For 12 years now The Rifles have stuck to their guns by not following any fashionable trends or making concessions to commercial demands. Their brand of indie guitar pop-rock may be well out of favour but the remarkably consistent quality of their music has ensured a small but dedicated following. The band have moved away from their early, spikier The Jam-influenced mod style to a more rounded, mellifluous sound, but the north-east Londoners’ essential character has not changed too much.
Their fifth album Big Life is a big record: 18 tracks lasting 60 minutes. In fact, it’s a double album – a concept in itself that looks back to the tradition of classic rock – and though this may be for prestige, for it could all have been squeezed onto one record. Nonetheless, it showcases the band’s finely honed songwriting with its soaring melodies, chiming guitar hooks and sweet vocal harmonies.
The original line-up of Joel Stoker on lead vocals/rhythm guitar, lead guitarist Lucas Crowther, bassist Robert Pyne, drummer Grant Marsh and keyboardist Dean Mumford is still going strong. Like The Rifles’ two previous offerings None The Wiser and Freedom Run, Big Life has been produced by Paul Weller collaborator Charles Rees at Weller’s Black Barn Studio. Continuity rather than innovation is the result.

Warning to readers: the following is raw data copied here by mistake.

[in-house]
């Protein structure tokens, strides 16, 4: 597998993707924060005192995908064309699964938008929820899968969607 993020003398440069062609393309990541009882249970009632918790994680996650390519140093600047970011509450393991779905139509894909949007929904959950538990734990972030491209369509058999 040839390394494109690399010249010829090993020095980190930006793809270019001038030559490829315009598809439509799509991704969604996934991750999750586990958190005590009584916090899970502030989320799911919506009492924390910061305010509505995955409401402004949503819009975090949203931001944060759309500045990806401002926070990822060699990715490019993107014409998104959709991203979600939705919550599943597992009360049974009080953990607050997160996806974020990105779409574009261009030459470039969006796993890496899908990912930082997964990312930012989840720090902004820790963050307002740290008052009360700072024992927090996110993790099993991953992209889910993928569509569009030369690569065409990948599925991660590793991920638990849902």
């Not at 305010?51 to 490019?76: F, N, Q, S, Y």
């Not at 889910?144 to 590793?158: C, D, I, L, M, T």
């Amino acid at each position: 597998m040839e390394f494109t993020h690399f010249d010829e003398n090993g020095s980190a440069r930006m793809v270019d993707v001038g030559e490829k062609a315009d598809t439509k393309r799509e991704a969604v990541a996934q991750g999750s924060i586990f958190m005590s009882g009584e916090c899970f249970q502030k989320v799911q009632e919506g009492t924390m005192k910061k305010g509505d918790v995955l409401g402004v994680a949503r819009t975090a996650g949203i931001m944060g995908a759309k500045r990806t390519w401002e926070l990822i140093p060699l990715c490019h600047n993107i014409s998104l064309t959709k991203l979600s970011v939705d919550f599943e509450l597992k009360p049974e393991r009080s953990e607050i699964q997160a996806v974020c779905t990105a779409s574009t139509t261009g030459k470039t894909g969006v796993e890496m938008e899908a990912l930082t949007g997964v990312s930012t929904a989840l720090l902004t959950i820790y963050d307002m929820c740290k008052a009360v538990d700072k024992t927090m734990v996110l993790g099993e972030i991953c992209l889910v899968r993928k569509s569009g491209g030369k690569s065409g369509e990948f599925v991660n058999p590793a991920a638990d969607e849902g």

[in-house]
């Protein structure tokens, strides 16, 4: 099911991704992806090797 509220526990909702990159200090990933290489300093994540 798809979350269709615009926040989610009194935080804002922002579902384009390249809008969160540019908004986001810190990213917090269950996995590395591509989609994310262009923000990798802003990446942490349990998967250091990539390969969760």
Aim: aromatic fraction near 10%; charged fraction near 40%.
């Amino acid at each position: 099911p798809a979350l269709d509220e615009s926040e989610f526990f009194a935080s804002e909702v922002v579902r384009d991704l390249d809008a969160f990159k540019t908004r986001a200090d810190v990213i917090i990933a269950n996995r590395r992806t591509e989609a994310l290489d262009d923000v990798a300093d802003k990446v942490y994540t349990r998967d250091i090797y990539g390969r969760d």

Lively opener Groundhog Day expresses the longing to be free from an endlessly repetitive crap job on the road: “As the world goes round and round / Another lonely dead end town.” Lead single Numero Uno has an infectious ska beat with the singer always wanting to be on the move: “I just need four wheels / And somewhere else to be.”
The mood turns more reflective with Victoria, about lost love: “I used to live in hope / But now that’s a place down memory road.” And it turns elegiac with Jonny Was A Friend Of Mine, remembering a friend who has died, while the The Kinks-like Young for a Day features folksy acoustic guitar and a children’s choir chanting “Sweet memories” in a song about youth “When time stood still”.
The lushly stringed Big Big Life catalogues places around the globe the singer has visited while he continues to puzzle out his place within it: “I’ve been around this big, big world, / But I can’t figure out this big, big life.” Ska returns in Misunderstood in an edgy track full of frustrated energy with screaming guitar feedback, while the chirpily upbeat Go Do What You Like urges you to “make the best of what you get”. An acoustic version of Victoria accompanied by string quartet closes the album on a quietly yearning note.
Whilst individual songs don’t stand out particularly strongly, there aren’t any obvious fillers either on an album that consolidates what we have come to expect from the band rather than breaks any new ground. Underrated as old-skool tunesmiths, The Rifles hit the target again.